That would be very interesting and extremely relevant Jason I’d also be interested to find out when she was given honorific stauts in the Catholic and Anglican calendars.
This is the conjectured date for the writing of the first text – Text A – of the Christian Dream Vision allegory ‘Piers Plowman’ (the author revised the original twice and these revisions are known as Text B and Text C). The text B and text C versions contain clear statements of hopeful universalism. The conjectured author of this poem is William Langland (ca. 1332 – ca. 1386). We know very little about him, but the sophisticated level of religious knowledge in the poem indicates that he had some connection to the clergy, and was possibly an itinerant hermit. The tradition that Langland was a Lollard, promoted by Robert Crowley’s 1550 edition of Piers and by early Lollard appropriation of the Plowman-figure, is false. Langland and Wycliffe shared many concerns: both question the value of indulgences and pilgrimage, promote the use of the vernacular in preaching, and attack clerical corruption. But these topics were widely discussed throughout the late fourteenth century anyway, Langland certainly does not echo Wycliffe’s teachings about the sacraments.
Passus 18 of the B text (and 20 of the C text) concludes with Will waking to the ringing of Easter Bells after witnessing in dream vision the events of Holy Week culminating in a debate between the four daughters of God – Mercy, Justice, Truth and Peace. Justice and truth argue for everlasting punishment of sin, while Mercy and Peace argue for forgiveness and restoration. Christ intervenes to harrow hell saying –
Then I shall come as a king, crowned with angels
And have all men’s souls out of hell
Demons great and small shall stand before me
And be at my bidding where I will
My kinship demands that I have mercy
On man , for we are all brethren
In blood, if not in baptism
My righteousness and right shall rule
In hell, and mercy over all mankind before me
In heaven. I were an unkind king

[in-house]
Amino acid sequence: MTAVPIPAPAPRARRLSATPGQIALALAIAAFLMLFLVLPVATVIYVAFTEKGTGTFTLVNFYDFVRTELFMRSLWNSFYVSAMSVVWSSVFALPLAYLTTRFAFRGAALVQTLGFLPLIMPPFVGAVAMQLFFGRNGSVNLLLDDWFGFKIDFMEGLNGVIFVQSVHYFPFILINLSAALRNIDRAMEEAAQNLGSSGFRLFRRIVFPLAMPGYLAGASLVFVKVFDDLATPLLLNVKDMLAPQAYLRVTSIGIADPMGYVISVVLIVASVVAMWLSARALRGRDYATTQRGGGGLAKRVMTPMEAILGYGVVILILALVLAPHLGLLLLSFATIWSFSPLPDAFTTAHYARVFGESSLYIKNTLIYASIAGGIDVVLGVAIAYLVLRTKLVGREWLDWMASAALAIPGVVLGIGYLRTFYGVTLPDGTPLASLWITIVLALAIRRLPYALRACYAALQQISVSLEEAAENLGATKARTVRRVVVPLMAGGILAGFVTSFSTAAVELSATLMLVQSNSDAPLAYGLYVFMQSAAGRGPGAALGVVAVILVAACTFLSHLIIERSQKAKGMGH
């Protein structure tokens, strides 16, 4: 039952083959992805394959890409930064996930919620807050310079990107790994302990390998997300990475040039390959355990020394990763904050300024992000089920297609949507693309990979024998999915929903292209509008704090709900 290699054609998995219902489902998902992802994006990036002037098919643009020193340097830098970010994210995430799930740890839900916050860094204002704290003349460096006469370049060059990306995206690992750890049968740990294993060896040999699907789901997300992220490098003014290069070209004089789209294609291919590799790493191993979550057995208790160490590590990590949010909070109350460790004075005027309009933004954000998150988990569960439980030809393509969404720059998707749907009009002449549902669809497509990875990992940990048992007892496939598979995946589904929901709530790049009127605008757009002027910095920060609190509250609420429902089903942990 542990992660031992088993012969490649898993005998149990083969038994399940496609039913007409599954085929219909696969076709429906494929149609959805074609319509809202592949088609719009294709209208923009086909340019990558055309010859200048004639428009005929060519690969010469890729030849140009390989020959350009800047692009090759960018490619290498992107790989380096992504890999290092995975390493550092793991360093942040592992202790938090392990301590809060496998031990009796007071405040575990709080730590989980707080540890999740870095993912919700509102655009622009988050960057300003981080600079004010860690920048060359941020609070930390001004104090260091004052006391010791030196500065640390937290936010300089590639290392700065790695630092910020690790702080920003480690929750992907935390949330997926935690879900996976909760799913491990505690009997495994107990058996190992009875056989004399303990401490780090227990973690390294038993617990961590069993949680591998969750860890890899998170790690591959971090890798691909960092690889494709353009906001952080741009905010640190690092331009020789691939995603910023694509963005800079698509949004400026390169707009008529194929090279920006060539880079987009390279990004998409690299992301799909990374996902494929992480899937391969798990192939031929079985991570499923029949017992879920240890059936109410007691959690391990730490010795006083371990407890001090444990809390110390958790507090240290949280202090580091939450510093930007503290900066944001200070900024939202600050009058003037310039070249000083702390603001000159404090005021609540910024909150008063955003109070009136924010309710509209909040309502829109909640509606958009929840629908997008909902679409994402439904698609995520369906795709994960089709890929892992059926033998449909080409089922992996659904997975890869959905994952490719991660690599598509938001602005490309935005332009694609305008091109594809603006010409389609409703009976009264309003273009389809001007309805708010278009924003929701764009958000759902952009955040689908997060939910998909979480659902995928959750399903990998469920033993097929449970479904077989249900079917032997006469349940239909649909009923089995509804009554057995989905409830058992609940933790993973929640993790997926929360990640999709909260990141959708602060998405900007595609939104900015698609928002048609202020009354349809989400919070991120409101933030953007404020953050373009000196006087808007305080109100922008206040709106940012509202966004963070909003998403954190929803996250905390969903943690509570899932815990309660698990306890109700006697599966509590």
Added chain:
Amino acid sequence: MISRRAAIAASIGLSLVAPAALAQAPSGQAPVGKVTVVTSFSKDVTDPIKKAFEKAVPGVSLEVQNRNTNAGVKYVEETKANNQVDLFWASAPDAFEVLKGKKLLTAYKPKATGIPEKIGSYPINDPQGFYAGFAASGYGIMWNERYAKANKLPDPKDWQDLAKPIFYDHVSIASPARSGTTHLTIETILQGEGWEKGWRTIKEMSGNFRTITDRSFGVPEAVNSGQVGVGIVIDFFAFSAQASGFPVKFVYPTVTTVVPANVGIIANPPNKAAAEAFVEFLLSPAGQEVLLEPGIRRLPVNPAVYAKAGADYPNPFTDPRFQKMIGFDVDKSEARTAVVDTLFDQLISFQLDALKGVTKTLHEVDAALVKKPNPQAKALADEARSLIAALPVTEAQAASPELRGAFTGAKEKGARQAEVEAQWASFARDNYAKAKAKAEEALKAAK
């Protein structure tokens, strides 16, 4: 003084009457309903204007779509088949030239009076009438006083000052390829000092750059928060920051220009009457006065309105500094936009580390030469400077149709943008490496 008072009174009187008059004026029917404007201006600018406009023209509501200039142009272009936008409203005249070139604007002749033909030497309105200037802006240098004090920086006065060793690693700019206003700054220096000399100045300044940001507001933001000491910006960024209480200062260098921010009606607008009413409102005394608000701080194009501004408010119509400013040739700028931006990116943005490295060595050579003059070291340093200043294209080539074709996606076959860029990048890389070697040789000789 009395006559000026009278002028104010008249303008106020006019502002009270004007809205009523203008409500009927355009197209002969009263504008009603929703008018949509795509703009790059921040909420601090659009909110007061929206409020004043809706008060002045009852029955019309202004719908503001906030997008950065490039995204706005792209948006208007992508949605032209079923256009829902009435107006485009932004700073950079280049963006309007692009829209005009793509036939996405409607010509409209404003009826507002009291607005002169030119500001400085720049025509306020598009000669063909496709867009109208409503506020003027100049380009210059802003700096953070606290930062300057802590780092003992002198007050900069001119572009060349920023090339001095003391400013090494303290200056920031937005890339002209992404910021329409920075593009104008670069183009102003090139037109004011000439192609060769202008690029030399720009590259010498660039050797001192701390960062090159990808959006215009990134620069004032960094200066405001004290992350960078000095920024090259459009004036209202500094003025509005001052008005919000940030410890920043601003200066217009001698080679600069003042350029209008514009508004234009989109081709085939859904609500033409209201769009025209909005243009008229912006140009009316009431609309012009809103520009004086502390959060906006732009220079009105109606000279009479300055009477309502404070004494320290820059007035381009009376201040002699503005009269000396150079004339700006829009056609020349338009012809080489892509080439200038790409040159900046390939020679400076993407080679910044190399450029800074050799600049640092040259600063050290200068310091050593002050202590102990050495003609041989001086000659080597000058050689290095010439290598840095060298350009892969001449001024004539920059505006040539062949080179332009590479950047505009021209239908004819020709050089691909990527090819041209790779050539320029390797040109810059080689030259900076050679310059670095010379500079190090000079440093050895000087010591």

If I did not help my kin.
(Piers Plowman, Passus 18.399)Through the incarnation, all mankind is kin of Christ the King, and this verse emphasizes that Christ is bound by the bonds of kinship to save all of his kin – all of mankind - from the flames of hell. Langland here is drawing on the old Anglo-Saxon views on kinship and its bonds(found for instance in the pagan poem ‘Beowulf’) which held on quite long among the English. However, Langland extends kinship to all mankind, something the older, tribal-based Anglo-Saxons wouldn’t have done, and he does this through his inclusive doctrine of Incarnation. Langland’s egalitarian notions of kingship are very different from the hierarchical Norman French notions found in Anselm’s eleventh century ‘Cur Deus Homo’ – where God’s kingly honour, because God is infinite, is infinitely offended by our sin.
It has to be said that this passage conflicts with more pessimistic passages elsewhere in the poem including one – Truth’s pardon – that echoes the Athanasian Creed’s ;those who do evil will go into the everlasting fire’ (A Passus 8.96, B Passus 7 110B, C Passus 9. 287)… However, in the Harrowing of Hell scene it is important that the words of ultimate hope are placed on the lips of Christ – although it seems that Langland was still troubled by this hope as if the Daughters of God within him were still at loggerheads.
Piers Plowman was widely circulated in the fourteenth century (fifty two known manuscripts are extant). With Crowley’s printed edition of 1550 it reached a wide readership (although I will have to check and see how Crowley glosses the Universalist passages someday). If there is an inspirational link between the first flourishing of hopeful universalism in fourteenth century and the radical Universalists of the sixteenth century, ‘Piers Plowman’ is it.